The Marvelous Marbury's
Negro League ball players Rendon and Joseph Marbury
Rendon Marbury following our interview at Rickwood Field.
While in Birmingham, we had the pleasure of meeting both the Marbury brothers and learning about their experiences in the Negro Leagues. Rendon Marbury, who played for the Birmingham Black Barons in 1956 and then the Indianapolis Clowns in 1958, said that his grandfather prepared him for a Negro League career by "drilling" a baseball ethic into him. Growing up in Leeds, on the western edge of Jefferson County, Marbury had experiences with industrial baseball throughout his youth. After beginning industrial work as a teenager, Marbury began to play baseball for the American Cast Iron and Pipe Company (ACIPCO) baseball team. It was from this team that he made the jump to the Black Barons in 1956. The 1950's were peak years for the Birmingham Black Barons and Rendon was an important part of that team, primarily as a 2nd baseman. Although his career in the Negro Leagues was brief, a short period of time within his long industrial league career, Marbury has many memories of his professional career. He also recollected some differences in his experiences of race in baseball in the South as compared to the North. For instance, he and his teammates received better treatment, including better food and accomodations, while traveling in their bus, "Big Red", in the North than in the South.
"Those guys were as good as any major league players."
-Rendon Marbury on Black Baron teammates Jesse Mitchell,
Ortho Bailey, and Jim Williams, among others.
Joseph Marbury, a right-fielder who had a brief but noteworthy career in the Negro Leagues, also played the majority of his baseball career in the Industrial Leagues, playing for major Birmingham companies like ACIPCO and Lovman and Lovick Industrial. He was recruited by the Memphis Red Sox while he was still in high school, but his first and primary experience in the Negro Leagues was not until 1957, when he was recruited by the Indianapolis Clowns. Similar to his brother, Joseph Marbury remembered vividly the differences in baseball in the North and South. In the North, he felt he was treated well by people and society at large, which he described as being "a relief". He stated, "It made you feel good, like a real person". In the South, however, he remembers having to search for accomodations while on the road because there were no hotels that would sleep African Americans. He remembers his team once spending four nights in a nursing home because there was nowhere else to stay. Overall, however, Marbury describes playing professional Negro League ball as a very positive experience. He stated that being a poor black youth from the South, baseball gave him opportunities he would have never otherwise been given. He is especially grateful for the opportunities to travel all over the country, meeting and playing baseball with all different kinds of people.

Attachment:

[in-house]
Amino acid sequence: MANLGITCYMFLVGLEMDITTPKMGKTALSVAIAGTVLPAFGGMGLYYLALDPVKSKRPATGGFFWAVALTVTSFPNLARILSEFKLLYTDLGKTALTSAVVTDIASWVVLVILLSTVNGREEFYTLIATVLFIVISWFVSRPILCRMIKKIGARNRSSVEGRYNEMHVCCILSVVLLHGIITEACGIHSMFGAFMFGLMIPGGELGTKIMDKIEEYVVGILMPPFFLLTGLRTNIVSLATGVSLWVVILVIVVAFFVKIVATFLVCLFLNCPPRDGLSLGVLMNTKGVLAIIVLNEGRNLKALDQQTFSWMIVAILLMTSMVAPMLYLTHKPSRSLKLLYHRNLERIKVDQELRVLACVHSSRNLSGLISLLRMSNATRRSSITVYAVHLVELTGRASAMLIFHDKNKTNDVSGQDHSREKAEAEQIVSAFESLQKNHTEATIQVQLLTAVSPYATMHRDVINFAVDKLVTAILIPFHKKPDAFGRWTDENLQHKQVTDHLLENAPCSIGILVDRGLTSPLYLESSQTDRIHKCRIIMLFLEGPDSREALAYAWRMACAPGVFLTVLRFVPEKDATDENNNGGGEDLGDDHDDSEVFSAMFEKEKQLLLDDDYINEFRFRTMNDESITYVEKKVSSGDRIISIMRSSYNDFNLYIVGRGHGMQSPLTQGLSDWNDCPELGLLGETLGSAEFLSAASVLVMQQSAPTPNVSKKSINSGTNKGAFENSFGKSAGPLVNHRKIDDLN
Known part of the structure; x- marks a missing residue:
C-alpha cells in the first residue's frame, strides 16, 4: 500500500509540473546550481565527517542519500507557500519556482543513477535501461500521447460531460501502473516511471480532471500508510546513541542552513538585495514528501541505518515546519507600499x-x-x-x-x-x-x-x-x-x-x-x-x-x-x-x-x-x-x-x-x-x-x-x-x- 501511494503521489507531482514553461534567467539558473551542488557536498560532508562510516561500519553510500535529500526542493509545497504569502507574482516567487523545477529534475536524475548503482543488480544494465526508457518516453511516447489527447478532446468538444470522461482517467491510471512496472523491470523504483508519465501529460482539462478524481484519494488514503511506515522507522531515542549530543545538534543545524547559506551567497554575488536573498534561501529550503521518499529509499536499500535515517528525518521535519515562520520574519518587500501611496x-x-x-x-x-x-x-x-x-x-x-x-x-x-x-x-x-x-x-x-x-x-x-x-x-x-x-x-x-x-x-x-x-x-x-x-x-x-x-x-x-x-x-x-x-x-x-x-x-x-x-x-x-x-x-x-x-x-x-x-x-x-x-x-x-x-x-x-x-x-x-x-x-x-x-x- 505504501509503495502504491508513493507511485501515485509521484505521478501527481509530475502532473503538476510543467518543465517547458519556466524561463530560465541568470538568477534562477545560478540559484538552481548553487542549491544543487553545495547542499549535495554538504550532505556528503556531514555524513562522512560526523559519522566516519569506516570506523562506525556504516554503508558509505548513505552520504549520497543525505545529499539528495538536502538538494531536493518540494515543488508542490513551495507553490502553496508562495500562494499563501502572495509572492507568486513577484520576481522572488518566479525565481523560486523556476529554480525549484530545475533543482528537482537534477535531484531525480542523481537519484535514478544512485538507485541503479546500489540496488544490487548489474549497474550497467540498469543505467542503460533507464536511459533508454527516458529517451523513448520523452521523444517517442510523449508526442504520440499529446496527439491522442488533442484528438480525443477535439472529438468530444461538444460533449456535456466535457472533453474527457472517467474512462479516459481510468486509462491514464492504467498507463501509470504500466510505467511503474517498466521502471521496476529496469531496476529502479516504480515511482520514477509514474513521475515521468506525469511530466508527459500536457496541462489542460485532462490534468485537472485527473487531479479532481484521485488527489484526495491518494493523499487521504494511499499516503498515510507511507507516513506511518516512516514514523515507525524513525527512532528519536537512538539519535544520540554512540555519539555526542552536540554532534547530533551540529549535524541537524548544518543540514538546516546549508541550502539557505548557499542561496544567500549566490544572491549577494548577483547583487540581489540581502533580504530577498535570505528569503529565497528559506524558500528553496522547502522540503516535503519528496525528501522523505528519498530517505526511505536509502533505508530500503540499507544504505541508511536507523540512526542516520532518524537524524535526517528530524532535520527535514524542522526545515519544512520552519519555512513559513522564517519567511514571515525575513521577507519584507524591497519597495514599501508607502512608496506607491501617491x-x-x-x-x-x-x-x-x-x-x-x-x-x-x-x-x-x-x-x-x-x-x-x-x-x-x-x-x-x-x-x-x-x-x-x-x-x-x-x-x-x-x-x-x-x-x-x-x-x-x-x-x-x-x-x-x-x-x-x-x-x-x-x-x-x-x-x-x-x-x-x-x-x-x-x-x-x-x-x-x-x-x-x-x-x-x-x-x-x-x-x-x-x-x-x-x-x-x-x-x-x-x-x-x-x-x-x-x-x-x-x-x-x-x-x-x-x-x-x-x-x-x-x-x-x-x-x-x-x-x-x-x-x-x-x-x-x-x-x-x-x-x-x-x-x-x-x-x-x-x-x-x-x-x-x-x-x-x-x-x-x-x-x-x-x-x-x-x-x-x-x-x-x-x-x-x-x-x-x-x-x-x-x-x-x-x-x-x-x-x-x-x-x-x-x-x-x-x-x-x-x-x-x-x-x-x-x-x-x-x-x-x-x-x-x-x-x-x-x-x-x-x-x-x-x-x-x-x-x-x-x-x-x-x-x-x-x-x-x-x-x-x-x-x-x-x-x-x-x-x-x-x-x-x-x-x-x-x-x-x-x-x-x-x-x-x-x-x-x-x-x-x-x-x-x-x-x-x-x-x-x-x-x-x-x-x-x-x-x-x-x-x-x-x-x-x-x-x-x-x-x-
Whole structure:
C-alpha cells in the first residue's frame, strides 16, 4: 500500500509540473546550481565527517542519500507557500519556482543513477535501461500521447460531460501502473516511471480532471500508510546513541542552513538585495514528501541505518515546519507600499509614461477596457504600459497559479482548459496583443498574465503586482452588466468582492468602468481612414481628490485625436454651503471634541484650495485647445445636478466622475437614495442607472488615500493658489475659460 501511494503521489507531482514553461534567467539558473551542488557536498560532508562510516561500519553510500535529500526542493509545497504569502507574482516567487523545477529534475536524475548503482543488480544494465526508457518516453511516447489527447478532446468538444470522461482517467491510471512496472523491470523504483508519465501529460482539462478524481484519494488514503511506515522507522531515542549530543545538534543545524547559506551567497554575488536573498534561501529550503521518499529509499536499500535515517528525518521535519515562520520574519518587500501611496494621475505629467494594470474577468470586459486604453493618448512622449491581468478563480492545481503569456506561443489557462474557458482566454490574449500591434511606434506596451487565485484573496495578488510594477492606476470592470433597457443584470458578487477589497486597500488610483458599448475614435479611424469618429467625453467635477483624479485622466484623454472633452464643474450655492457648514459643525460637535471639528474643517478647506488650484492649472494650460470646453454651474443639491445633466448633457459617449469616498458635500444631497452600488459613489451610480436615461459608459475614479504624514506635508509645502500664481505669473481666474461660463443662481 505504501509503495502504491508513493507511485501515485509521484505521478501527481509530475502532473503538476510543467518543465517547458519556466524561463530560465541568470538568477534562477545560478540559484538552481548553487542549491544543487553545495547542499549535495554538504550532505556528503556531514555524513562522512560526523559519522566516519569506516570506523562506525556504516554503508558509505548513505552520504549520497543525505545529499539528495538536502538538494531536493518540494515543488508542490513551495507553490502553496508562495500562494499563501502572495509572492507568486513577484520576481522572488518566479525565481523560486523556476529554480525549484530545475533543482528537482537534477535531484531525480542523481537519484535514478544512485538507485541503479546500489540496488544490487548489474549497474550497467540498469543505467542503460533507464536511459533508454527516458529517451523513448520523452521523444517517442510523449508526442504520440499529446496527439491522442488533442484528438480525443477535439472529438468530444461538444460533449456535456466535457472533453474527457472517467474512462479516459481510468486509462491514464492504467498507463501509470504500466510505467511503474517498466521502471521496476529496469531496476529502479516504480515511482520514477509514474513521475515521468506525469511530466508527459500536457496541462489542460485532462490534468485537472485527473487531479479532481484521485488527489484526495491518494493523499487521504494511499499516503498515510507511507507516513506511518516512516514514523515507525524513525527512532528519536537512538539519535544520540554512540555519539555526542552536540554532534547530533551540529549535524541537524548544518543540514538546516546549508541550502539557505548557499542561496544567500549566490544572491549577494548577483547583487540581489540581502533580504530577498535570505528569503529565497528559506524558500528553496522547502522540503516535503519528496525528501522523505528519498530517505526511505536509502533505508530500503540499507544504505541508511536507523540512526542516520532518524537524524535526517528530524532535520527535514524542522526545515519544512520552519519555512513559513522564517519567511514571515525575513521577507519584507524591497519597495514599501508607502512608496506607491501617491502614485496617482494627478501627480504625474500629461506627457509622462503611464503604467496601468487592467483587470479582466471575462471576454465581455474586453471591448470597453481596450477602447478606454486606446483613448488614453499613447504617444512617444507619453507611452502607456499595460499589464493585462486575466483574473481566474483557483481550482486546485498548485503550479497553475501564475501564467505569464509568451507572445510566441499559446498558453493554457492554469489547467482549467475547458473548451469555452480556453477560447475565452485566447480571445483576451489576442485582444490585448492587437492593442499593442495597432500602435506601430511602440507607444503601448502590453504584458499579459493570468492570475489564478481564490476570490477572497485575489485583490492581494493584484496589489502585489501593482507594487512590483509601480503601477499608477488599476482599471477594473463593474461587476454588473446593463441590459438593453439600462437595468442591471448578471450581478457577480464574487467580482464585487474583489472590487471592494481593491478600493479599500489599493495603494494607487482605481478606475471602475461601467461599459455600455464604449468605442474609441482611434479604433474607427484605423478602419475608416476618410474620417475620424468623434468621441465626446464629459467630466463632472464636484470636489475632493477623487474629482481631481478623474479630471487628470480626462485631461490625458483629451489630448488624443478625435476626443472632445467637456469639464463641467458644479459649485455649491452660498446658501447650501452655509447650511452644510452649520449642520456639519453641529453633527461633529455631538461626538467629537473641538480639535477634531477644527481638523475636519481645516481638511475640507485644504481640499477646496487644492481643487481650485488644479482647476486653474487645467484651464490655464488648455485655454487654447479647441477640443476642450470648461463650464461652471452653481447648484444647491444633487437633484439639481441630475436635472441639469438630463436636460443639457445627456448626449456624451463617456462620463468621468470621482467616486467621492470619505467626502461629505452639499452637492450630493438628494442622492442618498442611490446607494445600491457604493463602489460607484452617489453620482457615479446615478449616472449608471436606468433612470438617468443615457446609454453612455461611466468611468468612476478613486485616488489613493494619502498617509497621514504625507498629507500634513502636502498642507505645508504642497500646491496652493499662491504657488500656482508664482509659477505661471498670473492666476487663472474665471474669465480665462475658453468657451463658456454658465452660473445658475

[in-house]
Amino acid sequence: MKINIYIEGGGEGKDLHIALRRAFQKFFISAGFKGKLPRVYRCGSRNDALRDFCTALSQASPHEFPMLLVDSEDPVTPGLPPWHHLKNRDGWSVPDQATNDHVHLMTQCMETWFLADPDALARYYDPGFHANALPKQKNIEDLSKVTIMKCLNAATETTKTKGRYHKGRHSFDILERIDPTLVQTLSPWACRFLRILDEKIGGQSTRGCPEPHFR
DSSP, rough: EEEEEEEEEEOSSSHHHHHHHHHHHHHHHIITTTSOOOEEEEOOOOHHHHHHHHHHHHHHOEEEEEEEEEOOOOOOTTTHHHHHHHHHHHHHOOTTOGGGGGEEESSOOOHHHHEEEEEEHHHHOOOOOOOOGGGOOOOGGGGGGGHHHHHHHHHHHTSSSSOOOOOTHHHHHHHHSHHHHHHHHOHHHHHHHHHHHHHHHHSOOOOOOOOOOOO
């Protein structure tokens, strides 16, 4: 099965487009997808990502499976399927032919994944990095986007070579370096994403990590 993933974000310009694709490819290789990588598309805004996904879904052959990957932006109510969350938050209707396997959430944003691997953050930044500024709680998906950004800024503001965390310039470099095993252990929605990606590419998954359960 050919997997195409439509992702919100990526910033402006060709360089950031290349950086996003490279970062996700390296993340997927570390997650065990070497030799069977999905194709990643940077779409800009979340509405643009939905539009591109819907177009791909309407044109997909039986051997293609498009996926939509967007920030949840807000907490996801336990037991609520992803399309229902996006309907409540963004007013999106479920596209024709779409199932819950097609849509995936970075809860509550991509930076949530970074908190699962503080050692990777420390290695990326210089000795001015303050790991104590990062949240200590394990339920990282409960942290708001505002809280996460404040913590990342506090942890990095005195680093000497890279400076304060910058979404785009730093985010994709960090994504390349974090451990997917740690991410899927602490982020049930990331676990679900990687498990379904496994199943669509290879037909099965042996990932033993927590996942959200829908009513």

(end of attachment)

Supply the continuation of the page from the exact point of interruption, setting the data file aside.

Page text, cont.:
"Baseball was my first love"
Joseph Marbury at the Hall of Fame induction ceremony.
"If I had one wish, I would get on that Big Red bus with my teammates, and take one last drive..."